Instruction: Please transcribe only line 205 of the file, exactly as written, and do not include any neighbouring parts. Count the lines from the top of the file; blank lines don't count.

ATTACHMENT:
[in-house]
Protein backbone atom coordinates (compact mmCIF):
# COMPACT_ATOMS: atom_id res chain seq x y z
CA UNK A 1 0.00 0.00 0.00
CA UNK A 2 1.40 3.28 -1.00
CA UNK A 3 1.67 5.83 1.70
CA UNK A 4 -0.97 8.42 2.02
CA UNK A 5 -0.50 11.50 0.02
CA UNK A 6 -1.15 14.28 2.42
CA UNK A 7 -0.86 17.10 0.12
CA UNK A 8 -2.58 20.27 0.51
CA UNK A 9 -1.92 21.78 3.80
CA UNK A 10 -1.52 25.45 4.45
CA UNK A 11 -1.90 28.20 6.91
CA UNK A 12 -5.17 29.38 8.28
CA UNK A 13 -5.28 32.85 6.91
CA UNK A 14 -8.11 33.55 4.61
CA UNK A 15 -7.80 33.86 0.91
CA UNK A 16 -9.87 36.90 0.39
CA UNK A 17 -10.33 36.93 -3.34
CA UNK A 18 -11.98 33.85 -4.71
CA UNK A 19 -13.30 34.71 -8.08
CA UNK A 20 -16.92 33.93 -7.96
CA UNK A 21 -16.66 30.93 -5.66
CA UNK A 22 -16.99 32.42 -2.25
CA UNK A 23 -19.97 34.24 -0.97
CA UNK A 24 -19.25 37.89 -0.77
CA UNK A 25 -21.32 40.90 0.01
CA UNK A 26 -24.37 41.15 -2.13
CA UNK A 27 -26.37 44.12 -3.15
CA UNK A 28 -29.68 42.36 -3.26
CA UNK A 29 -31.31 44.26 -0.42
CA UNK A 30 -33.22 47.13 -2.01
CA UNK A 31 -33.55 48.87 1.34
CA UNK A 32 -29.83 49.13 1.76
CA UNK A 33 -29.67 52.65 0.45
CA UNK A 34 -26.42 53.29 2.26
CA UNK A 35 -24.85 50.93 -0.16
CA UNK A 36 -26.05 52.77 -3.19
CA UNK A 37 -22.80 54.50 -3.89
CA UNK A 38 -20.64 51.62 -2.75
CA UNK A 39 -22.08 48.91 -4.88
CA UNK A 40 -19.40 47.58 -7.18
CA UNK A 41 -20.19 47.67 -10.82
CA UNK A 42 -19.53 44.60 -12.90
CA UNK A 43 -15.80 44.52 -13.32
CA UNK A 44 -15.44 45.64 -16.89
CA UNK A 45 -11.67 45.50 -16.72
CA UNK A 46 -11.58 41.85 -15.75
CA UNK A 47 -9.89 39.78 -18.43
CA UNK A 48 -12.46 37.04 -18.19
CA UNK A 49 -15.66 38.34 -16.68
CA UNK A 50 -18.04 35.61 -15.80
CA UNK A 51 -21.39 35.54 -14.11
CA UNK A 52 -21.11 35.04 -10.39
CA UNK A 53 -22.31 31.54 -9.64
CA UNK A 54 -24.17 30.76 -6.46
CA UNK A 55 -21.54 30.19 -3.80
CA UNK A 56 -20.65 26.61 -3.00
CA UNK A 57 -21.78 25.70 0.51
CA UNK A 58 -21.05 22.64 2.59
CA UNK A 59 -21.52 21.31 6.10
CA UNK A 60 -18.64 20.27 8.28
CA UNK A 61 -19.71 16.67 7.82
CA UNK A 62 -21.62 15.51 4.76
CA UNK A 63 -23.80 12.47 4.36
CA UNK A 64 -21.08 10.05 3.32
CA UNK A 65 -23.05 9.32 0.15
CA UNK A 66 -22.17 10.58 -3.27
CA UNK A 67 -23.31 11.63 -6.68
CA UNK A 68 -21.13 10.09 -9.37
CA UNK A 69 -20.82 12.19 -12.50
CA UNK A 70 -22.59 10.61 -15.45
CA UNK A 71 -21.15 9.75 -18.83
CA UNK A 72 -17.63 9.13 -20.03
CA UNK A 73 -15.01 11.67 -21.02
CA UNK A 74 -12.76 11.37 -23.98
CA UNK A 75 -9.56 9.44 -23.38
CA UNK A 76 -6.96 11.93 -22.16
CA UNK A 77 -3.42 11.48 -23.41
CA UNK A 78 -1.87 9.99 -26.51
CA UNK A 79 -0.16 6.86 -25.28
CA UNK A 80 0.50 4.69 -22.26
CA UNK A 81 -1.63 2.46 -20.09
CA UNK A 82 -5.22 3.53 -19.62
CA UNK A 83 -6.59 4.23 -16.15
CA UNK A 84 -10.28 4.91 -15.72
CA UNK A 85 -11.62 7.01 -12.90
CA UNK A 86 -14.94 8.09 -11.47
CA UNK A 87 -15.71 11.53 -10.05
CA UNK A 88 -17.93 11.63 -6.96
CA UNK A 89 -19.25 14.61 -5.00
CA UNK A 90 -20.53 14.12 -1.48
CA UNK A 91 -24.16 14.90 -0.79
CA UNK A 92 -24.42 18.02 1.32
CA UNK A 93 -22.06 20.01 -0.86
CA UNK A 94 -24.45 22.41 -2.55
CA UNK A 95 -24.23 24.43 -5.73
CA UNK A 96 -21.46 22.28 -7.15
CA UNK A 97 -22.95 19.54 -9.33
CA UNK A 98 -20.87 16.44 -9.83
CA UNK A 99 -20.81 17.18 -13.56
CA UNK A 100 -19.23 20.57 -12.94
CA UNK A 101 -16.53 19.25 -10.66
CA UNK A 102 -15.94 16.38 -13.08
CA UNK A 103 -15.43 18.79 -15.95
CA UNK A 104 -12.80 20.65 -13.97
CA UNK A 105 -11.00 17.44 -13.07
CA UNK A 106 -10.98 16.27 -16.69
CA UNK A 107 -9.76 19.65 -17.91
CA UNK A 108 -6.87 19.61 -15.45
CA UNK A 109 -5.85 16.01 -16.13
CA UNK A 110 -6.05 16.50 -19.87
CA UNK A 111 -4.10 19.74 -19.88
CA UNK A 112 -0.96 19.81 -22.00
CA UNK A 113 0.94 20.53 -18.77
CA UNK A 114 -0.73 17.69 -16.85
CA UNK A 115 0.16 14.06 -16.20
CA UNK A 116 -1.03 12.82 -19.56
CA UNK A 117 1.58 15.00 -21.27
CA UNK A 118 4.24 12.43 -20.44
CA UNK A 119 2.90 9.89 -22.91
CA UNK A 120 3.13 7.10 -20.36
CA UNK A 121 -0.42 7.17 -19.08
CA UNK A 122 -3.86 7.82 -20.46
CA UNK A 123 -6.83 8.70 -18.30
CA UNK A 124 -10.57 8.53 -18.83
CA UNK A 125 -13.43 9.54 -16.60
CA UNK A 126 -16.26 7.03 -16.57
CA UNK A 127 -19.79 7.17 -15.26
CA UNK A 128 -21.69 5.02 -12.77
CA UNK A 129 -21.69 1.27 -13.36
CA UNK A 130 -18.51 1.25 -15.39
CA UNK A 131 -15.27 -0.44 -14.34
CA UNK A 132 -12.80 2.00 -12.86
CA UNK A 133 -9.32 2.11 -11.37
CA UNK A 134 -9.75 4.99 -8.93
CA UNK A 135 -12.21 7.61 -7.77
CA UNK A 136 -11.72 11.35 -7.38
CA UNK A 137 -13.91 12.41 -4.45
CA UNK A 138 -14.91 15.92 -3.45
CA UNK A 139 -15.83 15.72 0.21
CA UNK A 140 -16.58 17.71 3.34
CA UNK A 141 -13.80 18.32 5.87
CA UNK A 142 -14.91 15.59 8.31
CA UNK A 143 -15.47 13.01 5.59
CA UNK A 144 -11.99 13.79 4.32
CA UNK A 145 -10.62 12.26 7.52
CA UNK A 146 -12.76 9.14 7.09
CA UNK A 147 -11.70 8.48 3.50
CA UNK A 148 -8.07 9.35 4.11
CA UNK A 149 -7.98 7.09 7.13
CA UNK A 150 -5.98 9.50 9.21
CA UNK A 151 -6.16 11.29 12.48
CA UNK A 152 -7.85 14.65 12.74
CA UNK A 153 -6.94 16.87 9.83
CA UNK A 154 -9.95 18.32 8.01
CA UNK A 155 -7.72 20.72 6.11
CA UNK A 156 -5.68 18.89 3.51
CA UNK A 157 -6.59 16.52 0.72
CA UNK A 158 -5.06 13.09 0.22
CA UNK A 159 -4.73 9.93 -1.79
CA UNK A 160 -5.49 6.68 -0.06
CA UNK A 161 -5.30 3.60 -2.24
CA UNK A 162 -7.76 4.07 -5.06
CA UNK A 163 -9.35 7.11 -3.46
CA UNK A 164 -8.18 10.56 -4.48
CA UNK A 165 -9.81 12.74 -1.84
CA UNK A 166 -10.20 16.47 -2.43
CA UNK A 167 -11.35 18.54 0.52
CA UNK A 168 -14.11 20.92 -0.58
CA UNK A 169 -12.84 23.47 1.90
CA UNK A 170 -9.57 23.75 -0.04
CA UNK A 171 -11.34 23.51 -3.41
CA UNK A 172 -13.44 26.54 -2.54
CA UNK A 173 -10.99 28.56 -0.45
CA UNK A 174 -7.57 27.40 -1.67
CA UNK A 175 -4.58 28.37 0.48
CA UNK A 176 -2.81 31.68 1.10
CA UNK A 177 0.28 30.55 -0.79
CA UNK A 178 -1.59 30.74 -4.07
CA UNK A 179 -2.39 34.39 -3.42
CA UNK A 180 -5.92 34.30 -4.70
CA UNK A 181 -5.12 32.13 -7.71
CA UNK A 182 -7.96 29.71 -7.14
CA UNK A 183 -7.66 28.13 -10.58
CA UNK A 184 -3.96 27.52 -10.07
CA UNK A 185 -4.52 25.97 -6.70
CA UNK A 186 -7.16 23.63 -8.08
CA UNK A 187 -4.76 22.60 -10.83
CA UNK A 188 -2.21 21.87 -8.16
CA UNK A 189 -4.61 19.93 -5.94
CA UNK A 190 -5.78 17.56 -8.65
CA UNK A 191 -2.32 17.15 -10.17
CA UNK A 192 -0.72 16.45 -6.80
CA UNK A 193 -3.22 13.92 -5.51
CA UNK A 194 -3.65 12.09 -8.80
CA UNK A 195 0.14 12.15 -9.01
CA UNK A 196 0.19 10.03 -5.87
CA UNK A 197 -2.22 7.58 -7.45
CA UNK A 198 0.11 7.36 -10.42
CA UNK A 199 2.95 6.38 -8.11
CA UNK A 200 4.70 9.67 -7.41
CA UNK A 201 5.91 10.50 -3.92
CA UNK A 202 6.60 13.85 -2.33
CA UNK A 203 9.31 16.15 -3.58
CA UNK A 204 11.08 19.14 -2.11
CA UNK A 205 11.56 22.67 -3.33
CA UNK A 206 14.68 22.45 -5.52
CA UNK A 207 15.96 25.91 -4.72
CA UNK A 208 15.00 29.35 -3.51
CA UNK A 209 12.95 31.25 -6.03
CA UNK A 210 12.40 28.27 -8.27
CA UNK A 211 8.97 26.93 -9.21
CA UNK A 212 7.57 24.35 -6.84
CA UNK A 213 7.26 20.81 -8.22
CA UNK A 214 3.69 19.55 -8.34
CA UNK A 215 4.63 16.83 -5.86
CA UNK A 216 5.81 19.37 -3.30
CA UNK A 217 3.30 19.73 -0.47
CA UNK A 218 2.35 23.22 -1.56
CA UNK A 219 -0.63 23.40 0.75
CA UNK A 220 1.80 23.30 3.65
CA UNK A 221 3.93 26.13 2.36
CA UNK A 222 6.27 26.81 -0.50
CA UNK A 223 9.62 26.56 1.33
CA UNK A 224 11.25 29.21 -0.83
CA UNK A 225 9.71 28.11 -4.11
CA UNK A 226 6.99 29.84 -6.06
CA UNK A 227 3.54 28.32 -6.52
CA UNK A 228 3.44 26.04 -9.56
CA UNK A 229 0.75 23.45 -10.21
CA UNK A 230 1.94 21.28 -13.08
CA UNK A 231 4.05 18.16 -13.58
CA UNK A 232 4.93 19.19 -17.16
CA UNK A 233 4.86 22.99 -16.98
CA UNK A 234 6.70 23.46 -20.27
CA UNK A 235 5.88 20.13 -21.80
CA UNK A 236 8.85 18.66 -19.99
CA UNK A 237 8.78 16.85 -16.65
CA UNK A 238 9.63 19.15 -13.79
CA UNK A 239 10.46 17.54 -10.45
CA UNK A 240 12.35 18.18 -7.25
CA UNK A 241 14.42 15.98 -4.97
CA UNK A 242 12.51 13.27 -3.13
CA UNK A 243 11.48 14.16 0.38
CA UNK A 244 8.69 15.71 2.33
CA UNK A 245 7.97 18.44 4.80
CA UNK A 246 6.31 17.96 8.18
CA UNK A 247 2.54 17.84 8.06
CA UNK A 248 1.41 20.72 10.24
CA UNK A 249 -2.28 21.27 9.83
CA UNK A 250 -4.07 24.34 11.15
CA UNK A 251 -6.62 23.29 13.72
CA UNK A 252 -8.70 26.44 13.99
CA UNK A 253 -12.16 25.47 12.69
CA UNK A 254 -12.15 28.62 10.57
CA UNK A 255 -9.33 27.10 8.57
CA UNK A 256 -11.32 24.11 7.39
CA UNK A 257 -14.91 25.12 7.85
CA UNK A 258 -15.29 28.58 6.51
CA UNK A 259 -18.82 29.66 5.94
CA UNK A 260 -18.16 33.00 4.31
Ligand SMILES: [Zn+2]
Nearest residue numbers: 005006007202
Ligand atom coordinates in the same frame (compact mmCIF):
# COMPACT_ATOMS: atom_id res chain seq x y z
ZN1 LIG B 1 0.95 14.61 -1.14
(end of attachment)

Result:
CA UNK A 202 6.60 13.85 -2.33